FIAT FOCUSES ON JEEP BRAND WHICH CAN BE A MAKE OR MAR MODEL
CHENNAI: Fiat Chrysler Automobiles India’s (FCAI) new product strategy has an overwhelming focus on the Jeep brand in general and its soon to be launched, locally-made Jeep Compass in particular. The company, which sold just 288 units in January despite a steep price cut of upto Rs 77,000 on its Punto (priced between Rs 5.45 lakh and Rs 7.50 lakh) and Linea models, has invested $300 million in its Ranjangaon plant in Maharashtra and is getting ready to productionise the Jeep Compass and launch it by the third quarter of this calendar.
India will be only the fourth manufacturing hub globally for the model – apart from Brazil, Mexico and China – and the Compass manufactured in Ranjangaon will not only be sold in India but also exported to right-hand drive markets like UK, Japan and Australia. As for existing models like the Linea and Punto, the Fiat management will take a call on their future if the price mark down does not perk up sales. “We recognise the vehicles are quite late in their life cycles and if the price cuts don’t work we will be working fervently on what comes next,” said Kevin Flynn, president & MD, Fiat’s Indian operation.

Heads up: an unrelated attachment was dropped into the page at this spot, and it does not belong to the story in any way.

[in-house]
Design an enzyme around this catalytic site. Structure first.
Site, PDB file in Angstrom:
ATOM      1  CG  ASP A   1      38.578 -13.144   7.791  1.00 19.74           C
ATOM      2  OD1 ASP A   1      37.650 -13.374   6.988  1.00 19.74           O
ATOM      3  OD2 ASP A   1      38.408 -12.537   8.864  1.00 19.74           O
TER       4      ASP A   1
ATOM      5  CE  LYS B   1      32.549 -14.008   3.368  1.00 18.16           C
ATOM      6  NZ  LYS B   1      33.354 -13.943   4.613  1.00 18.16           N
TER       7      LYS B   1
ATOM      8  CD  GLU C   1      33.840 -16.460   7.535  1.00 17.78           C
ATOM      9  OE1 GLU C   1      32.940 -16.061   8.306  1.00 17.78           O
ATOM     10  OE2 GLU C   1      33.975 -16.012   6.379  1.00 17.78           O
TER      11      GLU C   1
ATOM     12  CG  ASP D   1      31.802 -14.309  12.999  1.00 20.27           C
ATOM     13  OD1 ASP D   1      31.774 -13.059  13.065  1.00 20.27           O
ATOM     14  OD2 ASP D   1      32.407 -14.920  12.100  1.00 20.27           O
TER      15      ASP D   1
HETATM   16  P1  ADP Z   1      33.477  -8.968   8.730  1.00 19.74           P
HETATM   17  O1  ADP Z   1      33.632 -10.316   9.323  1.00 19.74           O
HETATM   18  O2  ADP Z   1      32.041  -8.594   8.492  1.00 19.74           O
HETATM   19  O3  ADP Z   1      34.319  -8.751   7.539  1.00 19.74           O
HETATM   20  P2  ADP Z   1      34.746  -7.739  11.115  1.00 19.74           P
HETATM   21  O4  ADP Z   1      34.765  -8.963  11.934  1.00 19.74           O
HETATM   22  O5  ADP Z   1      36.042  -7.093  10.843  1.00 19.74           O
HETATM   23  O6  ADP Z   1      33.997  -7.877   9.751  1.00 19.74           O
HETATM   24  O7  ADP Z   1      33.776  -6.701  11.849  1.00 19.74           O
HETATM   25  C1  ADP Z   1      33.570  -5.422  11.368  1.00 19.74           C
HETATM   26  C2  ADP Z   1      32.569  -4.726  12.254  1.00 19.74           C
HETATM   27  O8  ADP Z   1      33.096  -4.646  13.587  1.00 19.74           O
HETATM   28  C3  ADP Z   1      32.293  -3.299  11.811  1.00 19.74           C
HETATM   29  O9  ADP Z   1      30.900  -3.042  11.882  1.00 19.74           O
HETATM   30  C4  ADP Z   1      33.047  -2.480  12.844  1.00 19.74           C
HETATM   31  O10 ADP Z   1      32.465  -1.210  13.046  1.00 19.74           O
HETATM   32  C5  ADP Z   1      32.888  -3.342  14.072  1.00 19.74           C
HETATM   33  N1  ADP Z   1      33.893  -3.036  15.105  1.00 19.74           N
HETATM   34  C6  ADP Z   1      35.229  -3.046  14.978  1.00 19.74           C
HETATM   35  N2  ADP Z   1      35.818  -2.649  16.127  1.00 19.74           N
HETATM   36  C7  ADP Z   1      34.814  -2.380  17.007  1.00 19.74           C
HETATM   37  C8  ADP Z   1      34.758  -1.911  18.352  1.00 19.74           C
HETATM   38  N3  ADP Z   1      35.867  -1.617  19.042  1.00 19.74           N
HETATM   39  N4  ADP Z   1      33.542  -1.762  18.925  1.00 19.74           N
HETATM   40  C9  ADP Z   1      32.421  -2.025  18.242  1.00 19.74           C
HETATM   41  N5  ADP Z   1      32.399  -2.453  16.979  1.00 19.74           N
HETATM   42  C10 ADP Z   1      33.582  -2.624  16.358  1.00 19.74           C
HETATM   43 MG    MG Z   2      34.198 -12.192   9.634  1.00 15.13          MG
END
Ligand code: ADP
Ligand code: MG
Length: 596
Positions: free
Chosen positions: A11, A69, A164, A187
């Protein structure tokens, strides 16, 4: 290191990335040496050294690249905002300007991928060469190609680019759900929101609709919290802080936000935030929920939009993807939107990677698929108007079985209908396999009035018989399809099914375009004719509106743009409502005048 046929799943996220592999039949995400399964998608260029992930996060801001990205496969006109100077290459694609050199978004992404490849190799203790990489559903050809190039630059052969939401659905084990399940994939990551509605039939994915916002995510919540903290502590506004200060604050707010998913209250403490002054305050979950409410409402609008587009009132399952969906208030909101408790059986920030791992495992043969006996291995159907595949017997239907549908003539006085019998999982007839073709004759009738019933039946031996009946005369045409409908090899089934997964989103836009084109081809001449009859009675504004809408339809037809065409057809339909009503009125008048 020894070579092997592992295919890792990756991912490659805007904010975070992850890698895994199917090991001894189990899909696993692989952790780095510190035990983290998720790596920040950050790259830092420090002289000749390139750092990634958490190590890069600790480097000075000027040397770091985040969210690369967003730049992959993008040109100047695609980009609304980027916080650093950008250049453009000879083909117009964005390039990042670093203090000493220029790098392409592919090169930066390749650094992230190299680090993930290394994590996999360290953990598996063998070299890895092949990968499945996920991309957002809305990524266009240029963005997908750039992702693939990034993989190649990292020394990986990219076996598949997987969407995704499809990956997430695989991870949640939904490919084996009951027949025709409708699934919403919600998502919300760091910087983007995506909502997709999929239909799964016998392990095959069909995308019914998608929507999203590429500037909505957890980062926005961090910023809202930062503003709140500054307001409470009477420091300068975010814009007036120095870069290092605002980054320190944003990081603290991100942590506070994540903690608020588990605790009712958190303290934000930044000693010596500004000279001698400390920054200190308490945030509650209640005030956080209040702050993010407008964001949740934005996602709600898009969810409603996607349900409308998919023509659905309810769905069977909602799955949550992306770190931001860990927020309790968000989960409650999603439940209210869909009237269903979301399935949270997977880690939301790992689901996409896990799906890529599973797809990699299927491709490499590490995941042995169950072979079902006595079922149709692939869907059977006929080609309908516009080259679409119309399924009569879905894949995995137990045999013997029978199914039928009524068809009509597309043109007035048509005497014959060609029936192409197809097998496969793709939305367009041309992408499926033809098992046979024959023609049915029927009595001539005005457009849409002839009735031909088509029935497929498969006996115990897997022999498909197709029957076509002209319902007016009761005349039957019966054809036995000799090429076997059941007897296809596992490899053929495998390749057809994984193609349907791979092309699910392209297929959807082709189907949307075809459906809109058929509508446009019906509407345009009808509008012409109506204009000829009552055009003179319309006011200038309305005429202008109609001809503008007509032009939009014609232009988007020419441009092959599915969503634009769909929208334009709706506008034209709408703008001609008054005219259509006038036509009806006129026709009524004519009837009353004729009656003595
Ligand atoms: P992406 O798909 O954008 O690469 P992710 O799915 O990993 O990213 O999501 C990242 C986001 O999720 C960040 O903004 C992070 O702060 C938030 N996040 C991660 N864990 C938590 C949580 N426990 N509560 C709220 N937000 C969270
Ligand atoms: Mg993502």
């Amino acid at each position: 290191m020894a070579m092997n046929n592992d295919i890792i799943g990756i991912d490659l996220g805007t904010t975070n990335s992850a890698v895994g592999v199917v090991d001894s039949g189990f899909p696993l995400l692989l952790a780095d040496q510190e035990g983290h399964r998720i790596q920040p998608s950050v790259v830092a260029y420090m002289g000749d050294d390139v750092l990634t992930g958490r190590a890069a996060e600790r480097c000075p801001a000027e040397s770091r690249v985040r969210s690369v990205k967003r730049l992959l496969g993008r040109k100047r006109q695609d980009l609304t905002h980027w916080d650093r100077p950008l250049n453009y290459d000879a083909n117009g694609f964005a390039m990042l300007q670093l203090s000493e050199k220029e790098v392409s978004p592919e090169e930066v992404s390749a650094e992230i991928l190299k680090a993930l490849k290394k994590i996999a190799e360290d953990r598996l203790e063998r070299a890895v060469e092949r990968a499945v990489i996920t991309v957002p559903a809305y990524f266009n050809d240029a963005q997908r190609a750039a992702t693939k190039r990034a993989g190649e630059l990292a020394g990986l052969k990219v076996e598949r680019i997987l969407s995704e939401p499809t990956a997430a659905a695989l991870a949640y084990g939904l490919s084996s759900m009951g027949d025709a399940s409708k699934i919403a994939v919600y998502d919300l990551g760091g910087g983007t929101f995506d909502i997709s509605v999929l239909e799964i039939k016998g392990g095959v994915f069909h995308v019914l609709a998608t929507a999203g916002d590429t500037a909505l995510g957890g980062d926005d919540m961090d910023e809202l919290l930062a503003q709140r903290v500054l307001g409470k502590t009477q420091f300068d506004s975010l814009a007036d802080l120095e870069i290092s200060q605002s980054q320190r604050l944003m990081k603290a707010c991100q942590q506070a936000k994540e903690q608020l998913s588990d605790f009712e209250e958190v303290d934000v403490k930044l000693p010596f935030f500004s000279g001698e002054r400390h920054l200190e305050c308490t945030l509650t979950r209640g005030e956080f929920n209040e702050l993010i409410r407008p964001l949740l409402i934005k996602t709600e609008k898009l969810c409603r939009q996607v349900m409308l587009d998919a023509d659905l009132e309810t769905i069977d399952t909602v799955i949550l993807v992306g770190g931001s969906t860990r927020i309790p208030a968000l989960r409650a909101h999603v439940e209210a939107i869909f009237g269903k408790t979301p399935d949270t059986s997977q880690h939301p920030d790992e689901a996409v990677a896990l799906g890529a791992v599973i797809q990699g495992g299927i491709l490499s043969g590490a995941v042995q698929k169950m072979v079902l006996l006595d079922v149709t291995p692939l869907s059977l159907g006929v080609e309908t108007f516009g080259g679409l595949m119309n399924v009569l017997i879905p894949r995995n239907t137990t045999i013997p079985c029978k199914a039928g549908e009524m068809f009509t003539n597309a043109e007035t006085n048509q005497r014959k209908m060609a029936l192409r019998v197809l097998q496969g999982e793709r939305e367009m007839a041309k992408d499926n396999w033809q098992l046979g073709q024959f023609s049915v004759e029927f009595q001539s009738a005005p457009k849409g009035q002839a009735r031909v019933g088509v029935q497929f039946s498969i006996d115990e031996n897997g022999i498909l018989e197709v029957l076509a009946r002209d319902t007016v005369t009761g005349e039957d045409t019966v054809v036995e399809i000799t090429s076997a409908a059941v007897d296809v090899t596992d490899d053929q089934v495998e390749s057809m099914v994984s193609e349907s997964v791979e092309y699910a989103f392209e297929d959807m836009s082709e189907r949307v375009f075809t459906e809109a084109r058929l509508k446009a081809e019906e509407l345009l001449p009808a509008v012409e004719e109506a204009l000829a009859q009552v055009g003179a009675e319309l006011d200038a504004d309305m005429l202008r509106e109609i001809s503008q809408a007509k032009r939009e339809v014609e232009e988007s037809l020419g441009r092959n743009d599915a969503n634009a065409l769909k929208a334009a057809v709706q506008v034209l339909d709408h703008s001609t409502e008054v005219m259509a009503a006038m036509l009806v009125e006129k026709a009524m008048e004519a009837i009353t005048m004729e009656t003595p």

Flynn said the company was “badly hit by demonitisation” and the management is “working with the dealers to help them recover volumes. The price move was part of that. We will see how that goes. If it works fantastic, if it doesn’t and we need to something about it we will do it,” he said on the question of whether the company will phase out low volume non-Jeep models like the Linea and Punto. FCAI’s decision to introduce its MOPAR customer care programme is also part of the “counter measures” being put in place to correct its sales slide, he added.